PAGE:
Parade’s End tells the story of Christopher Tietjens (Cumberbatch), an intelligent British aristocrat who clings to the old code of moral conduct, even though the world around him is changing at a rapid pace.  The story opens in 1908, on his wedding day to flirtatious socialite Sylvia (Hall), who is two-months pregnant.  He’s not sure if the child is his, but determined to do the honorable thing, he marries her.  The two are complete opposites, both in temperament and the way they view the world.  Sylvia’s destructive actions are motivated by her need to get a reaction out of her stoic husband.  In one scene a frustrated Sylvia lobs a breakfast plate at Christopher’s head as he pencils in corrections to the Encyclopedia Britannica, and he barely flinches.  While Sylvia enters into affairs to try to get her husband to notice her, Christopher’s principles prevent him from consummating his love for the earnest, passionate young suffragette Valentine Wannop (Clemens).

When World War I erupts across Europe, Christopher resigns from his job as a government statistician after he is asked to manipulate the facts.  Honorable principles in tact, he joins the army to fight for the preservation of the old ways he holds dear.  But the chaos of war will cause him to question those beliefs.

Christopher & Valentine

Christopher & Valentine

Christopher Tietjens’s transformation, along with his tumultuous relationship with his wife and longing for the woman he will not allow himself to have made this series enthralling to watch.  There are some subplots that drag a bit (but are nonetheless necessary), and at times this story does move slowly.  But the performances by Cumberbatch and Hall more than make up for it.  And the plot had me wondering to the very end who Christopher would choose to spend his life with.

I also appreciated the series’ treatment of World War I, as it showed not only what was happening on the front lines, but also the inefficiency of the military as Christopher is placed in a post to outfit troops preparing for the trenches.

And despite the gravity of the content, there are actually some surprisingly laugh-out-loud moments scattered throughout the series.  But I will say, though it takes place during the same time period, Downton Abbey this is not.  TIME’s James Poniewozik summed it up well when he wrote: “If Downton is a nostalgic champagne toast to the bygone Edwardian aristocracy, HBO’s five-hour miniseries is more of a cold, bitter drink of scotch at its wake.”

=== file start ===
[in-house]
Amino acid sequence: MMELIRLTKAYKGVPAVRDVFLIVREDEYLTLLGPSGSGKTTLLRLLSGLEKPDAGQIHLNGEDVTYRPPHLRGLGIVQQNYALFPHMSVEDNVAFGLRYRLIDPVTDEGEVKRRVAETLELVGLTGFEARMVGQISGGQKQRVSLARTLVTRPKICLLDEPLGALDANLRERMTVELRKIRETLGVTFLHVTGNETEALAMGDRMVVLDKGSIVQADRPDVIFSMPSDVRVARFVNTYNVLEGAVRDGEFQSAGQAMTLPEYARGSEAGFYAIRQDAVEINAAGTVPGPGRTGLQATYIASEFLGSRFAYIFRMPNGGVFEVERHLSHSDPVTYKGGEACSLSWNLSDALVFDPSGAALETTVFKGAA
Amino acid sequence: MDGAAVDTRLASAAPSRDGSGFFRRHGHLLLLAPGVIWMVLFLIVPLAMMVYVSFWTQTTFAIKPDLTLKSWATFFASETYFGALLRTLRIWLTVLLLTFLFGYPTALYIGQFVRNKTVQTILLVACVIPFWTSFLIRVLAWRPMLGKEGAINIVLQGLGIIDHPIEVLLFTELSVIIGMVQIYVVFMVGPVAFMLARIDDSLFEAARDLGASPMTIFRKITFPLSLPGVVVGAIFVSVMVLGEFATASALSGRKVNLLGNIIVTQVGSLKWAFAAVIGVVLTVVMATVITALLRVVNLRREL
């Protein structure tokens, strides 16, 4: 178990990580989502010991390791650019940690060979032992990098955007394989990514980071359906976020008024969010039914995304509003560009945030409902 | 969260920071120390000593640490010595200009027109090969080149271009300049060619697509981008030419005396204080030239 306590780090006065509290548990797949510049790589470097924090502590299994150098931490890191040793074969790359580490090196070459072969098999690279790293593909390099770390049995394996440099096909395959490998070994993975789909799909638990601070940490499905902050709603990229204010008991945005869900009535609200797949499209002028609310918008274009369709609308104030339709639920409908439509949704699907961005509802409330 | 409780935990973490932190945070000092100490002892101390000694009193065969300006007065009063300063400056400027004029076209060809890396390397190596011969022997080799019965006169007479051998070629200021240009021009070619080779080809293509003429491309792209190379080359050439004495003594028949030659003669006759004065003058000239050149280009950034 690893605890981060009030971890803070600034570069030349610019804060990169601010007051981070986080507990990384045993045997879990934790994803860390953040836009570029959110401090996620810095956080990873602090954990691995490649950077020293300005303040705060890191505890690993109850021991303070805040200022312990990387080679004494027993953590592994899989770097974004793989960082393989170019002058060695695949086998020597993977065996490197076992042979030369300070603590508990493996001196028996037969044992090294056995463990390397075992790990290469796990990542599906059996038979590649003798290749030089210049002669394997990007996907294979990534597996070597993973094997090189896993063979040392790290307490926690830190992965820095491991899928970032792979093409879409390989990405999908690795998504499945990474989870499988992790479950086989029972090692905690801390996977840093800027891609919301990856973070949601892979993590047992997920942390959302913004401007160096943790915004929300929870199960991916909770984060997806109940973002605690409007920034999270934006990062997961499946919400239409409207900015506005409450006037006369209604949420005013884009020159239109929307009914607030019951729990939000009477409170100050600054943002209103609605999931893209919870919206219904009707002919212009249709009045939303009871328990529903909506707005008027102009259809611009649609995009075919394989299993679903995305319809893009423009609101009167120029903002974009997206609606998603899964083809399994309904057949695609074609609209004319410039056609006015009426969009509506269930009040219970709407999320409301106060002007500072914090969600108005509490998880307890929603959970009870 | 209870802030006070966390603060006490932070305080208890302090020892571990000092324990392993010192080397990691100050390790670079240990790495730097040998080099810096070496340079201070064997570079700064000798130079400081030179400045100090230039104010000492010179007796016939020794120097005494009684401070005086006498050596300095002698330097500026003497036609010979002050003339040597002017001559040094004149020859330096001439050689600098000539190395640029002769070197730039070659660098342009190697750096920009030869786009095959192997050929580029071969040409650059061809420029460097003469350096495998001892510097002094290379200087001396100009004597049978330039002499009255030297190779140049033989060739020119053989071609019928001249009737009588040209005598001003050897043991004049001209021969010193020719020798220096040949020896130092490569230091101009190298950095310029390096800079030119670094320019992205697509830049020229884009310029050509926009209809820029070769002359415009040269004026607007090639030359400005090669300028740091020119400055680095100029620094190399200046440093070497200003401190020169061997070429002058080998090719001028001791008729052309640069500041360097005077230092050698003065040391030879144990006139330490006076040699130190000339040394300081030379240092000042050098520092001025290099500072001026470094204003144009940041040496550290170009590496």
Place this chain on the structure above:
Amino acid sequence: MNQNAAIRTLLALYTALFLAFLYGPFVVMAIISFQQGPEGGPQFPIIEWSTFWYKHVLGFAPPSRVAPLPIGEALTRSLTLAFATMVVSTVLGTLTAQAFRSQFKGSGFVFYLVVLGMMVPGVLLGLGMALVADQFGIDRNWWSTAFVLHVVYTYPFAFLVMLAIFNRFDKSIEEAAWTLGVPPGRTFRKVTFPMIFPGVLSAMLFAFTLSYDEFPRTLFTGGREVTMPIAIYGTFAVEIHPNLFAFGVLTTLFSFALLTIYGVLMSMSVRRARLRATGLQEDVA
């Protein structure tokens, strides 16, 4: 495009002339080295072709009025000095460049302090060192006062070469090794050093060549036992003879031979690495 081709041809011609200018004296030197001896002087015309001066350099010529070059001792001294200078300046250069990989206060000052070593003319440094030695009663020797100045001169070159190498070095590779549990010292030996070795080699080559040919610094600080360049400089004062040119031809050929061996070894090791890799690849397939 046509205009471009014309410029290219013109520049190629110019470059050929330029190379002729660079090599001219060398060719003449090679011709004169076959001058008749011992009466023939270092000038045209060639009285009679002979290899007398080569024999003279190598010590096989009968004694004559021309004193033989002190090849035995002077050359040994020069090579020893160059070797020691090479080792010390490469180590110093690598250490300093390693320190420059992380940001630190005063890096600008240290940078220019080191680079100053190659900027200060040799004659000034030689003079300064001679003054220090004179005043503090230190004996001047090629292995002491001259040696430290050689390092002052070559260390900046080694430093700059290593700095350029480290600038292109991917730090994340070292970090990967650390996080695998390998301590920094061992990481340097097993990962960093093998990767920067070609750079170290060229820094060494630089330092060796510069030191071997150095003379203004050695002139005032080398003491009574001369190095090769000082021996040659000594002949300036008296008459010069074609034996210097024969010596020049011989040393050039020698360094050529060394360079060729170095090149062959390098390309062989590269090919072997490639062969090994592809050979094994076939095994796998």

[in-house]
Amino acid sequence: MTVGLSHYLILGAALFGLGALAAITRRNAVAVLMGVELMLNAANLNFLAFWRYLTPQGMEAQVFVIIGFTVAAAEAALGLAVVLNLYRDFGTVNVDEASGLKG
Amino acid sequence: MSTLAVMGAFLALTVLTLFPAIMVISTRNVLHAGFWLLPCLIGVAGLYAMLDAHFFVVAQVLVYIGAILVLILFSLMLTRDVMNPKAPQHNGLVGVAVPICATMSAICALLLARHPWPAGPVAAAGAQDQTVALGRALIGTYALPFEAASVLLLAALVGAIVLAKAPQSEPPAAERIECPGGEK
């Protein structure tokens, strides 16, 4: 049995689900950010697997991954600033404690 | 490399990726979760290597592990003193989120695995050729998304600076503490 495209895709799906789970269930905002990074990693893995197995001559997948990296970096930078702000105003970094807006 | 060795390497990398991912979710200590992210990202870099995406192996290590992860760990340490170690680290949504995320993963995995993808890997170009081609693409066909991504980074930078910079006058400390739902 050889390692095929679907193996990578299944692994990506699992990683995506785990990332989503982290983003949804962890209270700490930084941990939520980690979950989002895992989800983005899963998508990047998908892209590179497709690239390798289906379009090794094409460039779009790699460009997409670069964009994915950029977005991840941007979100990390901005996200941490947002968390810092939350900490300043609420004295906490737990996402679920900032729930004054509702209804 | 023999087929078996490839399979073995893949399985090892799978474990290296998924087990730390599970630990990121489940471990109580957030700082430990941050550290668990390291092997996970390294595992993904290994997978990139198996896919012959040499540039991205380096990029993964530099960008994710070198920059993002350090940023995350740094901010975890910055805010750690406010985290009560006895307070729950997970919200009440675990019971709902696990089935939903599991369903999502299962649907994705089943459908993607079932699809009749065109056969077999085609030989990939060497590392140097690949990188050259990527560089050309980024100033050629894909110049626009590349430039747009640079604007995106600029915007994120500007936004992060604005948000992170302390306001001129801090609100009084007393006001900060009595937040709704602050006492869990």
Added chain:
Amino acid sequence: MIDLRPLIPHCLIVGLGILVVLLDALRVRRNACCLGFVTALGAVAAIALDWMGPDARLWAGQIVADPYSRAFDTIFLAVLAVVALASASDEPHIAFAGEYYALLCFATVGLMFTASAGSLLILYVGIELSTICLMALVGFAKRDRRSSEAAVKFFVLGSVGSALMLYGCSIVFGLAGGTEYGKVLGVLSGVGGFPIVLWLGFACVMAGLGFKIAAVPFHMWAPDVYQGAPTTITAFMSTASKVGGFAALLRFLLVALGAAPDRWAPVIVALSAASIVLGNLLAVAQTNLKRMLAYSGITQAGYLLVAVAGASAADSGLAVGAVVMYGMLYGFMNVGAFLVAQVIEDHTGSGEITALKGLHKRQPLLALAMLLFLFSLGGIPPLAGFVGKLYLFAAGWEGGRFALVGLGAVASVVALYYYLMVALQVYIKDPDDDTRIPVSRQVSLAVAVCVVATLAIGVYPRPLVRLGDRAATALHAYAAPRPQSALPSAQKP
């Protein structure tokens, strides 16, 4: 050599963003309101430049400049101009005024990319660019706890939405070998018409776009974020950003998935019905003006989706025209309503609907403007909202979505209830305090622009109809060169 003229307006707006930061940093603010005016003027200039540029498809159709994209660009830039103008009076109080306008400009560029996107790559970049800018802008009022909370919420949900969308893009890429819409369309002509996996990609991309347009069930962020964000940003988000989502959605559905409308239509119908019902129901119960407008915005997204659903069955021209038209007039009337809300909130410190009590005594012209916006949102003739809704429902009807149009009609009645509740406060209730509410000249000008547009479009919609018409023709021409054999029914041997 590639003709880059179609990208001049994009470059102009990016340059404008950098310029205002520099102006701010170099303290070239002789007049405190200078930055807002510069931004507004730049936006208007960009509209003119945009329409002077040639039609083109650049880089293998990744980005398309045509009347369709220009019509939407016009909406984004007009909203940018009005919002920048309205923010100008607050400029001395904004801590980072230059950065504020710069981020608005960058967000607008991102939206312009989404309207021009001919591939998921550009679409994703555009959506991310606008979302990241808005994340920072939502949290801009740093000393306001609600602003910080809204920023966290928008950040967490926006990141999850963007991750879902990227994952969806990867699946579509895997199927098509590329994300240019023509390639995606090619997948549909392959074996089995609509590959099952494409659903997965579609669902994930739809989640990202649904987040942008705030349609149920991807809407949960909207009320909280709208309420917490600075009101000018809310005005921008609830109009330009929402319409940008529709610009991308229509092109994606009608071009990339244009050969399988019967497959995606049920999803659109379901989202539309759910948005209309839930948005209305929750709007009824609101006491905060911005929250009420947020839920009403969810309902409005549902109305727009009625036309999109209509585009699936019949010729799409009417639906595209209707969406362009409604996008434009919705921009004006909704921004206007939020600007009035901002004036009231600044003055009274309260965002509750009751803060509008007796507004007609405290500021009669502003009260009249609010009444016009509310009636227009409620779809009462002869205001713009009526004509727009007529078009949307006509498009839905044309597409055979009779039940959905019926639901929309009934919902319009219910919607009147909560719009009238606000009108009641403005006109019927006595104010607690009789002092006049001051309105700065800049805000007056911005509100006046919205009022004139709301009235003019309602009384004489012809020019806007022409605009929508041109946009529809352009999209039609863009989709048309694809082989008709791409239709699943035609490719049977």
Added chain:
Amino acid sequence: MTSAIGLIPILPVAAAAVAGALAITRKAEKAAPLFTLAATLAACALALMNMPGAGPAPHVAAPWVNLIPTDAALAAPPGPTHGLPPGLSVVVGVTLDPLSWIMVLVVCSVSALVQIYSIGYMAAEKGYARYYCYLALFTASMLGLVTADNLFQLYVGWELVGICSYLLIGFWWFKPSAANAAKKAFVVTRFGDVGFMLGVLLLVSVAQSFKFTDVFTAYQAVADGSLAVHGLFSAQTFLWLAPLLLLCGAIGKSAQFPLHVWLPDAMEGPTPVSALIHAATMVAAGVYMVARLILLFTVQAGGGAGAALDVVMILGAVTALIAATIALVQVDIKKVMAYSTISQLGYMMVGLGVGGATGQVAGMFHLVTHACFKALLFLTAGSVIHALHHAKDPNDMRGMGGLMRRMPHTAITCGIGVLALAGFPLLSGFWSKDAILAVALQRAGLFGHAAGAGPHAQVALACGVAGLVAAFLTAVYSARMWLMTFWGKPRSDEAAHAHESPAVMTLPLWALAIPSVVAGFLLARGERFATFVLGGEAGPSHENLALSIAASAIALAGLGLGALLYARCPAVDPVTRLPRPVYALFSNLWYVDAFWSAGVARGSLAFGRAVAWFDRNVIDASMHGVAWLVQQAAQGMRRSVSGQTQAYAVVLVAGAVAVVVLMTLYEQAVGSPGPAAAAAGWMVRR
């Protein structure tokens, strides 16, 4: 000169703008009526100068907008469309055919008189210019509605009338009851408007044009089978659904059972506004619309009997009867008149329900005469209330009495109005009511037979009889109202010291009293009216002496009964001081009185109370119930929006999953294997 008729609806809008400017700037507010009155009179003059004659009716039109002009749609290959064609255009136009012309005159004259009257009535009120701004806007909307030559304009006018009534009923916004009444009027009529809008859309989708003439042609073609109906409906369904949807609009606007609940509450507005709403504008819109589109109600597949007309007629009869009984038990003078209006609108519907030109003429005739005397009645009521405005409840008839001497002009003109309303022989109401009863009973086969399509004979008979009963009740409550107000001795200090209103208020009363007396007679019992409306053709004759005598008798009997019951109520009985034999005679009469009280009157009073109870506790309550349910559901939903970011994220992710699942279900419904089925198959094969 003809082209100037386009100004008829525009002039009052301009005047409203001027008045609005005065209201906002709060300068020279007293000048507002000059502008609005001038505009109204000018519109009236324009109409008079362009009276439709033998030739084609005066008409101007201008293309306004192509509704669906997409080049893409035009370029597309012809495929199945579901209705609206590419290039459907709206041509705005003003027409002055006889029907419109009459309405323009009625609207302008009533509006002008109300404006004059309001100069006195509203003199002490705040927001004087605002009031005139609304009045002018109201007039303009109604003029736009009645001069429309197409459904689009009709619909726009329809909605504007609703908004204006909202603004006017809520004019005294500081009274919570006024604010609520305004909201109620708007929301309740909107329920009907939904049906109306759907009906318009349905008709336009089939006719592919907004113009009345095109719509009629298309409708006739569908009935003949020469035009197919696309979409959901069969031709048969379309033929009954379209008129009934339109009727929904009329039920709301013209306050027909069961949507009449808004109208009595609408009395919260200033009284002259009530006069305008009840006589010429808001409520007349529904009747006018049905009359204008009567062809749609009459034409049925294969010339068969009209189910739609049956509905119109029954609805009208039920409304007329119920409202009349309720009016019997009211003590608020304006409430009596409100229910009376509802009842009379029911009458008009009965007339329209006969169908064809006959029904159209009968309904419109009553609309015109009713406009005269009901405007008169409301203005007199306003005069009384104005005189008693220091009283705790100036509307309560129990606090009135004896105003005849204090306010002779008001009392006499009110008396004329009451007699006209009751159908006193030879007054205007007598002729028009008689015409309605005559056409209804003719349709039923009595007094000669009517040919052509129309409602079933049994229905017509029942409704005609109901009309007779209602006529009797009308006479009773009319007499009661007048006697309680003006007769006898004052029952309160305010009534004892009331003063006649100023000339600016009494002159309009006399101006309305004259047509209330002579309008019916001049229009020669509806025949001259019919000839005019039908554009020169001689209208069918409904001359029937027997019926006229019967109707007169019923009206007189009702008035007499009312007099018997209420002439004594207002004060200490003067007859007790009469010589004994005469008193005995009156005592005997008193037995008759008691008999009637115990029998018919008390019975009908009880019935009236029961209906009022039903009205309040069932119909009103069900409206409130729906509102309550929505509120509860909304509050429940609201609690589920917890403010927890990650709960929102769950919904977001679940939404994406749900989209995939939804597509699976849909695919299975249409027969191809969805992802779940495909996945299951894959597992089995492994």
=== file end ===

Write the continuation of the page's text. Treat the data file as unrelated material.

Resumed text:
Christopher

With great performances, wonderful cast chemistry, and beautiful cinematography, Parade’s End is a fantastic period piece I highly recommend.

Here’s the trailer (I honestly think I could listen to Benedict Cumberbatch’s voice all day…not that it influenced my review or anything): 

 

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Veteran’s Day: A History

World War I veteran Joseph Ambrose attending the dedication of the Vietnam Memorial in 1982, holding the flag that covered his son’s casket, who was killed in the Korean War.

Today we honor those who have served (and are serving) in our armed forces.  Veteran’s Day was first called Armistice Day both in the US and Britain, as it commemorated the signing of the Armistice that brought World War I to an end (on the 11th hour of November 11, 1918).  In declaring the day a federal holiday, President Woodrow Wilson said:

To us in America, the reflections of Armistice Day will be filled with solemn pride in the heroism of those who died in the country’s service and with gratitude for the victory, both because of the thing from which it has freed us and because of the opportunity it has given America to show her sympathy with peace and justice in the councils of the nations.